About a third of this year’s attendees were experiencing the Gathering for the first time. Although most came from North Carolina, people also traveled from Tennessee, South Carolina, Virginia, Georgia and Florida, and one person came all the way from New Jersey. Several of the younger folk on hand were associated with the Worldwide Workers on Organic Farms program. The workers spend their summers on local farms, trading their labor for room, board and hands-on education. Attending this and similar gatherings often allows young people to connect with farmers and homesteaders, which can lead to employment or other opportunities.

A reason to hope

Marsh points to a number of new books published over the past year, as well as the proliferation of permaculture courses around the world, as evidence that permaculture is on the rise. He and Friedman say they believe people are drawn to the hopefulness of the philosophy. “We do have the power to provide for much of our own food and to meet our needs through interdependence and cooperation,” Marsh explains.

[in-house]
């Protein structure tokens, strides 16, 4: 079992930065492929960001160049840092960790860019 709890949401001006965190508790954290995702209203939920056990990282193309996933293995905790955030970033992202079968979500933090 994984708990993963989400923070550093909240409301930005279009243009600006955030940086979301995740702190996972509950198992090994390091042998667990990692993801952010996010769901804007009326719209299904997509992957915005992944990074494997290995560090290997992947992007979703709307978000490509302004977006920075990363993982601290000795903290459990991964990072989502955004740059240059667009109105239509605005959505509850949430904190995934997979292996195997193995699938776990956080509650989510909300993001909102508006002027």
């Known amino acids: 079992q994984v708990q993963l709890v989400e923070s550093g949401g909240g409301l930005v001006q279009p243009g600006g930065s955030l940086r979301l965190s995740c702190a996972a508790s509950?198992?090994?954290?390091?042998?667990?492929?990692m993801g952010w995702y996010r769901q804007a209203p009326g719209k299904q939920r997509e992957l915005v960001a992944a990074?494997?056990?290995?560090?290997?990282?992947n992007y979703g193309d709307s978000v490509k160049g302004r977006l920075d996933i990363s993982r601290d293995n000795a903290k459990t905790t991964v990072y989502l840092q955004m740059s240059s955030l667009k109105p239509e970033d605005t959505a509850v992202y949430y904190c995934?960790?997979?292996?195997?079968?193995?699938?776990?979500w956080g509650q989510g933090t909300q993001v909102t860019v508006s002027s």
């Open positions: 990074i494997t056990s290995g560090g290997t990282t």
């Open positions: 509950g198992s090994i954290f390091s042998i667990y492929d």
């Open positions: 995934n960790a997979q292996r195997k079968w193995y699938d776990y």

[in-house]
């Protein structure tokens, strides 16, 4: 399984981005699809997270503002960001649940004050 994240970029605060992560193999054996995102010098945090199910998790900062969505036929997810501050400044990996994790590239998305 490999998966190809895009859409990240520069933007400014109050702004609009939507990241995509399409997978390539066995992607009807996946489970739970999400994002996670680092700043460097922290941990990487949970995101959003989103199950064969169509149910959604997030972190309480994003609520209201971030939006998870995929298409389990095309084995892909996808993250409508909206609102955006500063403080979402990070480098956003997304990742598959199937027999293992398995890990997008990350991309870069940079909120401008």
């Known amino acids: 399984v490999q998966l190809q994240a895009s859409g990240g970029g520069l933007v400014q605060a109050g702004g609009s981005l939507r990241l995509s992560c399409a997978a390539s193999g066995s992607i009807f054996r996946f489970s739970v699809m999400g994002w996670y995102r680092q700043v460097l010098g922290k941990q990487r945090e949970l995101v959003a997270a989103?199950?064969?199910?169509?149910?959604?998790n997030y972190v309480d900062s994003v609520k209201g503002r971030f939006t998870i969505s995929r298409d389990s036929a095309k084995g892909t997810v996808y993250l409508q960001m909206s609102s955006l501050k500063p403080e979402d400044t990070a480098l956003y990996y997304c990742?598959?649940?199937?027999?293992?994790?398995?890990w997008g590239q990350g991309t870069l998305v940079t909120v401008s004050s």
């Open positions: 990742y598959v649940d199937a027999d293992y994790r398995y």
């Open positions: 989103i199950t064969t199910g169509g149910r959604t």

According to Friedman, the permaculture philosophy is based on three key principles: care for the earth, care for people and returning surplus production back to the ecosystem. Acting in accordance with these principles, Friedman says, allows humans to function as beneficial participants in living systems rather than “just trying to reduce the harm we cause.”

A unique feature of the Gathering is its planning and decision-making process. Rather than attend prearranged classes, participants of the Gathering come together for an “Open Space” planning session. All are invited to propose conversations around topics they are passionate about, to share what they know and to learn. The Open Space model encourages people to “vote with their feet,” that is, to choose offerings that resonate with them. Playful mottos promote a natural, nonhierarchical learning experience: Whoever comes are the right people. Whatever happens is the only thing that could have happened. When it’s over, it’s over.